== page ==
I've been saying all along that the Ohio Supreme Court races this fall are likely the most important election contests on the ballot this year in Ohio, because of the far-ranging impact that court can have on a number of issues.

Abortion is certainly one of them.

Right now, Ohio is operating under the law known as the "heartbeat bill," which makes it illegal to have an abortion after approximately six weeks into a pregnancy — or when a fetal heartbeat can be detected.

Abortion rights groups went to the Ohio Supreme Court over the implementation of the heartbeat bill after the Roe decision. The court wouldn't grant a stay on the law, but it did agree to take a hard look at the law's constitutionality. That is still pending and probably will be for quite some time — almost certainly after the November election.

The second battle, Copeland said, will be trying to stop the Republican super-majority in the Ohio General Assembly from passing an abortion law even more restrictive than the heartbeat bill — quite possibly one that would ban all abortions, with no exceptions for rape, incest and to protect the life of the mother.

And this is in a state that just went through the traumatic experience of a 10-year-old girl being raped, impregnated and forced to go to Indiana for an abortion. Fortunately, her attacker is behind bars now.

There is every reason to believe that Gov. Mike DeWine, the "pro-life" Republican governor who is running for re-election, would sign such a bill into law. This is why his Democratic opponent, former Dayton mayor Nan Whaley, has made abortion rights a centerpiece of her campaign.

"We must fight those battles first," Copeland said. "Then we can start thinking of a ballot initiative. First things first. There is no doubt in my mind that if Kansas can do it, Ohio can."

Michael Gonidakis, the president of Ohio Right to Life, told Ohio Public Radio's Jo Ingles that he doubts a constitutional amendment would be successful in Ohio. And he thinks the Kansas result was an aberration, the product of an election held in August instead of November.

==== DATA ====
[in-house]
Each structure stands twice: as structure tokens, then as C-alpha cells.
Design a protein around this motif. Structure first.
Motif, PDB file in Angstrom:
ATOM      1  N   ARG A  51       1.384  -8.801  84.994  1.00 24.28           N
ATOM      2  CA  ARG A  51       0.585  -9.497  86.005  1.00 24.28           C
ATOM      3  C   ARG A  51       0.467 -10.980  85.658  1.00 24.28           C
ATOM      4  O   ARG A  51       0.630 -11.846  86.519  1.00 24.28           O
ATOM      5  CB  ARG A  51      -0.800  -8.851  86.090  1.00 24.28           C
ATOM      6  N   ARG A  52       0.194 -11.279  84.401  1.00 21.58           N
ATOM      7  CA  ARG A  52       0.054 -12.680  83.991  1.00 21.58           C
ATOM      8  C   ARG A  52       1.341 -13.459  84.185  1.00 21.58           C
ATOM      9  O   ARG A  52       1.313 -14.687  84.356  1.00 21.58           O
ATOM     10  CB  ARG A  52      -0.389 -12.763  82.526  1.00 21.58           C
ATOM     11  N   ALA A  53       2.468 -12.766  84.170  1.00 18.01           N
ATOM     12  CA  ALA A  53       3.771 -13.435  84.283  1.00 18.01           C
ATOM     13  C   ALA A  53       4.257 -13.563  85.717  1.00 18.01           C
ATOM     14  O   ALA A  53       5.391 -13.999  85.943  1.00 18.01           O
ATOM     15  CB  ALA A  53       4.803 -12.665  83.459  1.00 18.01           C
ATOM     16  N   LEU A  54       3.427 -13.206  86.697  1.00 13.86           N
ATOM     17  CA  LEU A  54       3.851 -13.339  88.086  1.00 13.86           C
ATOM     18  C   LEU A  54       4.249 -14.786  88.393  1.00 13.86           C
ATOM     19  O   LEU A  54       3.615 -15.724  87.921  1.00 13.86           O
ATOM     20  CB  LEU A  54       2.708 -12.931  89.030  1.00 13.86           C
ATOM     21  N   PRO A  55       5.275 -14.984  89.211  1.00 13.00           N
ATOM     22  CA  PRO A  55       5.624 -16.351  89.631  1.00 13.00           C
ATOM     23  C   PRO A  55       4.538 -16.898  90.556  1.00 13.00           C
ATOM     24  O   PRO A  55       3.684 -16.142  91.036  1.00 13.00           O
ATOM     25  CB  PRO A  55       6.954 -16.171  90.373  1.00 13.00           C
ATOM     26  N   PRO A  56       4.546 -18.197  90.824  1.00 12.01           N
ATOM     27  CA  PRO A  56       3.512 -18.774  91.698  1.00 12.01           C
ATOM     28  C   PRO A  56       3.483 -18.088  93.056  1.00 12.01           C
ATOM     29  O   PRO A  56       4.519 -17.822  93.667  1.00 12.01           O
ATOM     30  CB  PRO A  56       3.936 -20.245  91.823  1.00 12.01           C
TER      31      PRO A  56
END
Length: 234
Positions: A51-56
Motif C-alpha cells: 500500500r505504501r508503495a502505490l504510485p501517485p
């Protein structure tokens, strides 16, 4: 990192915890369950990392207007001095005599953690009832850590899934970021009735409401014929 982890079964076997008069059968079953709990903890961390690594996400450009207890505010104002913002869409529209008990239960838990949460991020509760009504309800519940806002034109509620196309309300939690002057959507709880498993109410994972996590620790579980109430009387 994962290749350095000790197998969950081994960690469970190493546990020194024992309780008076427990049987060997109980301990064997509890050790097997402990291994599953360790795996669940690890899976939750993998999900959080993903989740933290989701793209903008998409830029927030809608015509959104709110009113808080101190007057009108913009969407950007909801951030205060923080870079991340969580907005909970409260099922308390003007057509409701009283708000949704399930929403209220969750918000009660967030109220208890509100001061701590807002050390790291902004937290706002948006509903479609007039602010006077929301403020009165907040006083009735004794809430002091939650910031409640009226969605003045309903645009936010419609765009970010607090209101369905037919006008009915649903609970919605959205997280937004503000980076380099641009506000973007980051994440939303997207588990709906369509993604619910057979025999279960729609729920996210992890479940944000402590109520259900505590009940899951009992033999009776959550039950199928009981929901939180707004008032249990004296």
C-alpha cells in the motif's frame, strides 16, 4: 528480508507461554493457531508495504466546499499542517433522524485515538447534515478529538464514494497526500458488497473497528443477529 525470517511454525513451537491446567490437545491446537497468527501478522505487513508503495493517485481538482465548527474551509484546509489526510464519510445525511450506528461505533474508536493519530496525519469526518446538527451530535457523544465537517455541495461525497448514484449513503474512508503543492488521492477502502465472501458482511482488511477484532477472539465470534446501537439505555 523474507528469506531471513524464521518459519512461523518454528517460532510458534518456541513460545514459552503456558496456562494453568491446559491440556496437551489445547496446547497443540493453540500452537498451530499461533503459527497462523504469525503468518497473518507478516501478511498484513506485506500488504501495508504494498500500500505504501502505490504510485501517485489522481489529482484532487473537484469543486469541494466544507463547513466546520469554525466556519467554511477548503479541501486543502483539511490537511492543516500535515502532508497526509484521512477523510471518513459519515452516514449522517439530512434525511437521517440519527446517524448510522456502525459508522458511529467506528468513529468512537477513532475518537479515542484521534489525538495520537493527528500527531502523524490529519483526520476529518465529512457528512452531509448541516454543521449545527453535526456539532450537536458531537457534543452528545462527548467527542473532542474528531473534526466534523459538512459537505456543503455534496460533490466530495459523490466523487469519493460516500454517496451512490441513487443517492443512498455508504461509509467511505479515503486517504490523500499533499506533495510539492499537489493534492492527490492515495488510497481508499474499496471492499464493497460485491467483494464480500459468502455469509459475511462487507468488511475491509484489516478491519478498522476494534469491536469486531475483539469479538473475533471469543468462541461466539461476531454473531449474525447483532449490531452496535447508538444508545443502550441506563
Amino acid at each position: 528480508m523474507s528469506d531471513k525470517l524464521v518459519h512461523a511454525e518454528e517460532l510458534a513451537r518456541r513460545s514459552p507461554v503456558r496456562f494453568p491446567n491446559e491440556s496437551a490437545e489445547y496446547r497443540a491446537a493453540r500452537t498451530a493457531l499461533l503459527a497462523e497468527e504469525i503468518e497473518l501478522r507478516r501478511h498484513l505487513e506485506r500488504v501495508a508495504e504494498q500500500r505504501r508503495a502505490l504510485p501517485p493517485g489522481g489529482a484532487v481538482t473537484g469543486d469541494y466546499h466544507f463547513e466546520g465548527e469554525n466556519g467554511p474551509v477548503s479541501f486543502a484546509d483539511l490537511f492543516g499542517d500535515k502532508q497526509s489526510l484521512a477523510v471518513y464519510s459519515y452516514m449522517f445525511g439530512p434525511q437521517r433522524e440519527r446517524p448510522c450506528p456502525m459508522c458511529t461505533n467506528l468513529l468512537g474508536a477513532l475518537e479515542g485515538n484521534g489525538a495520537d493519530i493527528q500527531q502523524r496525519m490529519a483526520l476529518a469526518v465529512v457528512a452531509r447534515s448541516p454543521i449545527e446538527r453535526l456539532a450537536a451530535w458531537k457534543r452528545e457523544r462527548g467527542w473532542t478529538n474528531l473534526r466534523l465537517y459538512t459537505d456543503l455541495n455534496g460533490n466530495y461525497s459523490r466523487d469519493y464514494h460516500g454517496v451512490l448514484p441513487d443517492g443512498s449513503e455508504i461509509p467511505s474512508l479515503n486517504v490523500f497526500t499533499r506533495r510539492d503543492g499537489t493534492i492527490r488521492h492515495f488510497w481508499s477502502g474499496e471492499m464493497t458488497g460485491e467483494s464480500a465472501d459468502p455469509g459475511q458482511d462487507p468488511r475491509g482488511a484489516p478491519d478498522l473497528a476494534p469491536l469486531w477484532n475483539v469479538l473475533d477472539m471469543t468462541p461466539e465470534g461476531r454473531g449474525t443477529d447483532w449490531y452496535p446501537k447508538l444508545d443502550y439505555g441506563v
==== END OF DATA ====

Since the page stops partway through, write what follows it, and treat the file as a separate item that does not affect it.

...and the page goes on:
"It’s not an apples to apples comparison," Gonidakis said. "In fact, it is completely opposite. You see, in Kansas, they had an election on a very important issue — life — in August. If that same election were held in November when people are actually participating, the outcome would have been different just based on the voting trends, the demographics and the conservative nature of the state of Kansas."

He told Ingles that people in Kansas were on vacation, tuned out, or busy getting their kids ready for school.

Well, he would certainly know something about the craziness of holding elections in August. He was the lead plaintiff in a federal lawsuit filed by Republicans that resulted in an Aug. 2 primary for state legislative districts. Less than 10% of Ohio voters showed up. Expert testimony, you might say.

Gonidakis and his friends in the Ohio GOP might have a rude awakening coming when that Ohio ballot issue comes — and it will, maybe next year.

There are a whole lot of Ohioans — particularly suburban women of all political stripes — itching to get a chance to vote to put a constitutional right to abortion in Ohio's constitution. They are angry now and likely to stay that way for a long, long time.

Ohio Republicans could well rue the day when they left this door wide open.

Howard Wilkinson is in his 50th year of covering politics on the local, state and national levels.